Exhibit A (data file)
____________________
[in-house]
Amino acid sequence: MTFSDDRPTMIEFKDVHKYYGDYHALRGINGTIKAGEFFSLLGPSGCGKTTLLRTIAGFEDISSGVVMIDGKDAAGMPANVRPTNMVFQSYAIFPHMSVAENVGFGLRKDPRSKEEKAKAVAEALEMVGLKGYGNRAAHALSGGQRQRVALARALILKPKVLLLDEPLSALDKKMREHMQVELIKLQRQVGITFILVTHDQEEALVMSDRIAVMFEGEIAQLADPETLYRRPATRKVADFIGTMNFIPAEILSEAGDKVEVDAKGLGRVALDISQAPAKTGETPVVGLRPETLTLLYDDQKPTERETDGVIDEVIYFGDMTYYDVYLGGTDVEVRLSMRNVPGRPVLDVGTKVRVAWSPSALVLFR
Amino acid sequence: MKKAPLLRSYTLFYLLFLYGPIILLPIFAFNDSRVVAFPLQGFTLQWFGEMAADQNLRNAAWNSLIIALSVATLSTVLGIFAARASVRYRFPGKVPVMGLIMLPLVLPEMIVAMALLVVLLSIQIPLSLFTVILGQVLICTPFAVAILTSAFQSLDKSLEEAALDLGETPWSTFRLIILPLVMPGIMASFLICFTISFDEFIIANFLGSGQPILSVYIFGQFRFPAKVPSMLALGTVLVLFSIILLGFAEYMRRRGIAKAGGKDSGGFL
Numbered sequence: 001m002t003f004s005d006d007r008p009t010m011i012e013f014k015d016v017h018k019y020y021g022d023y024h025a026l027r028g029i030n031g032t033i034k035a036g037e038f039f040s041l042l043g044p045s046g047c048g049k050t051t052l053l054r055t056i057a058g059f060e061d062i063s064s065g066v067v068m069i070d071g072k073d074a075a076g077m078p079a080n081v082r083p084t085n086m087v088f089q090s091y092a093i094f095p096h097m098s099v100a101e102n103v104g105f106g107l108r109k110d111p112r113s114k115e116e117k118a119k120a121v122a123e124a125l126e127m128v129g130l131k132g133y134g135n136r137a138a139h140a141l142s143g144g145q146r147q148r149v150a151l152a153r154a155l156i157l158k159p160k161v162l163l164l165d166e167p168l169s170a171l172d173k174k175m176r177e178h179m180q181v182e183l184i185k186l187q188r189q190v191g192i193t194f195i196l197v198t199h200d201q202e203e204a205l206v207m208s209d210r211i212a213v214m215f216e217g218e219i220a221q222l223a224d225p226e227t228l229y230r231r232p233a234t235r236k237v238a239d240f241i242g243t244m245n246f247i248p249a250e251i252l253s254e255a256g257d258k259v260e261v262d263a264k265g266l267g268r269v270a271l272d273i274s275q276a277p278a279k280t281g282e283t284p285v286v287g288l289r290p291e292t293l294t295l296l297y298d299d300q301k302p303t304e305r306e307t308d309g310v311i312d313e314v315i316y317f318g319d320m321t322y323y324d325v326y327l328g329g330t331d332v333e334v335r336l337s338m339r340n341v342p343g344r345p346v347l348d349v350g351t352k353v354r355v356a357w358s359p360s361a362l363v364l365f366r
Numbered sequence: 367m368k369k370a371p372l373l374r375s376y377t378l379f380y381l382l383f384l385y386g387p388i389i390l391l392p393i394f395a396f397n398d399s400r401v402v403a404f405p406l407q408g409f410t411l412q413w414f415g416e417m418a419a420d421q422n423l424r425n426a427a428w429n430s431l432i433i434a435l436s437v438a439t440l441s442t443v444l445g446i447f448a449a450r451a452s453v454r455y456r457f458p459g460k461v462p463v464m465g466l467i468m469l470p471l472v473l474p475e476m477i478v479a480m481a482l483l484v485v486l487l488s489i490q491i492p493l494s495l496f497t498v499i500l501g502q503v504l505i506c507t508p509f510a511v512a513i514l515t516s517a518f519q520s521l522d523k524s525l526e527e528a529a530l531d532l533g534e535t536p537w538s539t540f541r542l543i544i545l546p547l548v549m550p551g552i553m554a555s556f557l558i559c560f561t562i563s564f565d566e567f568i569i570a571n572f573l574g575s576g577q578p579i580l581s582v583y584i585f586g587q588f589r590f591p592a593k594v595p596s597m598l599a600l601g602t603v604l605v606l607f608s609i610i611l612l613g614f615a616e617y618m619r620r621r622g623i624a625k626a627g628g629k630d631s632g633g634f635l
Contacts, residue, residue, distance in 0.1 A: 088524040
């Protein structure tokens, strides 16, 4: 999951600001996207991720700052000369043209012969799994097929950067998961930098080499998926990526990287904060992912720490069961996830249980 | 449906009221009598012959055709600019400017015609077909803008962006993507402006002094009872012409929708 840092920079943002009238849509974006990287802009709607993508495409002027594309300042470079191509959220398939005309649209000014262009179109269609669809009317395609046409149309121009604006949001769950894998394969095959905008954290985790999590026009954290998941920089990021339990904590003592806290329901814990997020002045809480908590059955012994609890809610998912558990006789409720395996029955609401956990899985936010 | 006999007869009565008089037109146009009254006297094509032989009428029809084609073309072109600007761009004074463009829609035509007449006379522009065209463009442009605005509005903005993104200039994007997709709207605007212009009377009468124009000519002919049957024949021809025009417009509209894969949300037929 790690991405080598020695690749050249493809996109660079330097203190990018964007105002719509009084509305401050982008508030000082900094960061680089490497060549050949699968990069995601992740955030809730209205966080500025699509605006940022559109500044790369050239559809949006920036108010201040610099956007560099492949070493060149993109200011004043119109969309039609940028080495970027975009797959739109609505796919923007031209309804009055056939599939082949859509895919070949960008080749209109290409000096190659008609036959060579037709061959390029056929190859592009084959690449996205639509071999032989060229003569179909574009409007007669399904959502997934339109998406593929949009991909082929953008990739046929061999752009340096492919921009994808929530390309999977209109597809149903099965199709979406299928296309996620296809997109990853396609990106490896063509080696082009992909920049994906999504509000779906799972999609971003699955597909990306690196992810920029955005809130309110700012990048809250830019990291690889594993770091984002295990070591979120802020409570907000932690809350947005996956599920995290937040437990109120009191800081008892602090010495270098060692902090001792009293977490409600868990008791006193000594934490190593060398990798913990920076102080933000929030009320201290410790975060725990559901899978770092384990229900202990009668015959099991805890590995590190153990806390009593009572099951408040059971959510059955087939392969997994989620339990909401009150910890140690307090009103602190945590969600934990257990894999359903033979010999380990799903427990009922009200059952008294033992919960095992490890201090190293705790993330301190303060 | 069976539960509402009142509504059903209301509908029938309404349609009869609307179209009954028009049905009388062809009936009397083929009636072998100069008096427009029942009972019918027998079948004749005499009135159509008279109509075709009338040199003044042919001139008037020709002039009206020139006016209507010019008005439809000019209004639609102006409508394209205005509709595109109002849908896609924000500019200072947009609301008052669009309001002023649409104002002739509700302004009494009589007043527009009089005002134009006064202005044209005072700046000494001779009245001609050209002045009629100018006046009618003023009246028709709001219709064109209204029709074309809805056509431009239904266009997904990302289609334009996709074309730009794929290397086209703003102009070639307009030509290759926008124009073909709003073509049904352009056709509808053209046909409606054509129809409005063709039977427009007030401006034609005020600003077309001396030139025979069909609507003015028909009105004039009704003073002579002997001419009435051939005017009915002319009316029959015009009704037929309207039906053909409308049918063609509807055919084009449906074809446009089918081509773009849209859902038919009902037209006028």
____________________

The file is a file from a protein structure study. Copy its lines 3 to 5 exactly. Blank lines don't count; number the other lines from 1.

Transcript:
Amino acid sequence: MKKAPLLRSYTLFYLLFLYGPIILLPIFAFNDSRVVAFPLQGFTLQWFGEMAADQNLRNAAWNSLIIALSVATLSTVLGIFAARASVRYRFPGKVPVMGLIMLPLVLPEMIVAMALLVVLLSIQIPLSLFTVILGQVLICTPFAVAILTSAFQSLDKSLEEAALDLGETPWSTFRLIILPLVMPGIMASFLICFTISFDEFIIANFLGSGQPILSVYIFGQFRFPAKVPSMLALGTVLVLFSIILLGFAEYMRRRGIAKAGGKDSGGFL
Numbered sequence: 001m002t003f004s005d006d007r008p009t010m011i012e013f014k015d016v017h018k019y020y021g022d023y024h025a026l027r028g029i030n031g032t033i034k035a036g037e038f039f040s041l042l043g044p045s046g047c048g049k050t051t052l053l054r055t056i057a058g059f060e061d062i063s064s065g066v067v068m069i070d071g072k073d074a075a076g077m078p079a080n081v082r083p084t085n086m087v088f089q090s091y092a093i094f095p096h097m098s099v100a101e102n103v104g105f106g107l108r109k110d111p112r113s114k115e116e117k118a119k120a121v122a123e124a125l126e127m128v129g130l131k132g133y134g135n136r137a138a139h140a141l142s143g144g145q146r147q148r149v150a151l152a153r154a155l156i157l158k159p160k161v162l163l164l165d166e167p168l169s170a171l172d173k174k175m176r177e178h179m180q181v182e183l184i185k186l187q188r189q190v191g192i193t194f195i196l197v198t199h200d201q202e203e204a205l206v207m208s209d210r211i212a213v214m215f216e217g218e219i220a221q222l223a224d225p226e227t228l229y230r231r232p233a234t235r236k237v238a239d240f241i242g243t244m245n246f247i248p249a250e251i252l253s254e255a256g257d258k259v260e261v262d263a264k265g266l267g268r269v270a271l272d273i274s275q276a277p278a279k280t281g282e283t284p285v286v287g288l289r290p291e292t293l294t295l296l297y298d299d300q301k302p303t304e305r306e307t308d309g310v311i312d313e314v315i316y317f318g319d320m321t322y323y324d325v326y327l328g329g330t331d332v333e334v335r336l337s338m339r340n341v342p343g344r345p346v347l348d349v350g351t352k353v354r355v356a357w358s359p360s361a362l363v364l365f366r
Numbered sequence: 367m368k369k370a371p372l373l374r375s376y377t378l379f380y381l382l383f384l385y386g387p388i389i390l391l392p393i394f395a396f397n398d399s400r401v402v403a404f405p406l407q408g409f410t411l412q413w414f415g416e417m418a419a420d421q422n423l424r425n426a427a428w429n430s431l432i433i434a435l436s437v438a439t440l441s442t443v444l445g446i447f448a449a450r451a452s453v454r455y456r457f458p459g460k461v462p463v464m465g466l467i468m469l470p471l472v473l474p475e476m477i478v479a480m481a482l483l484v485v486l487l488s489i490q491i492p493l494s495l496f497t498v499i500l501g502q503v504l505i506c507t508p509f510a511v512a513i514l515t516s517a518f519q520s521l522d523k524s525l526e527e528a529a530l531d532l533g534e535t536p537w538s539t540f541r542l543i544i545l546p547l548v549m550p551g552i553m554a555s556f557l558i559c560f561t562i563s564f565d566e567f568i569i570a571n572f573l574g575s576g577q578p579i580l581s582v583y584i585f586g587q588f589r590f591p592a593k594v595p596s597m598l599a600l601g602t603v604l605v606l607f608s609i610i611l612l613g614f615a616e617y618m619r620r621r622g623i624a625k626a627g628g629k630d631s632g633g634f635l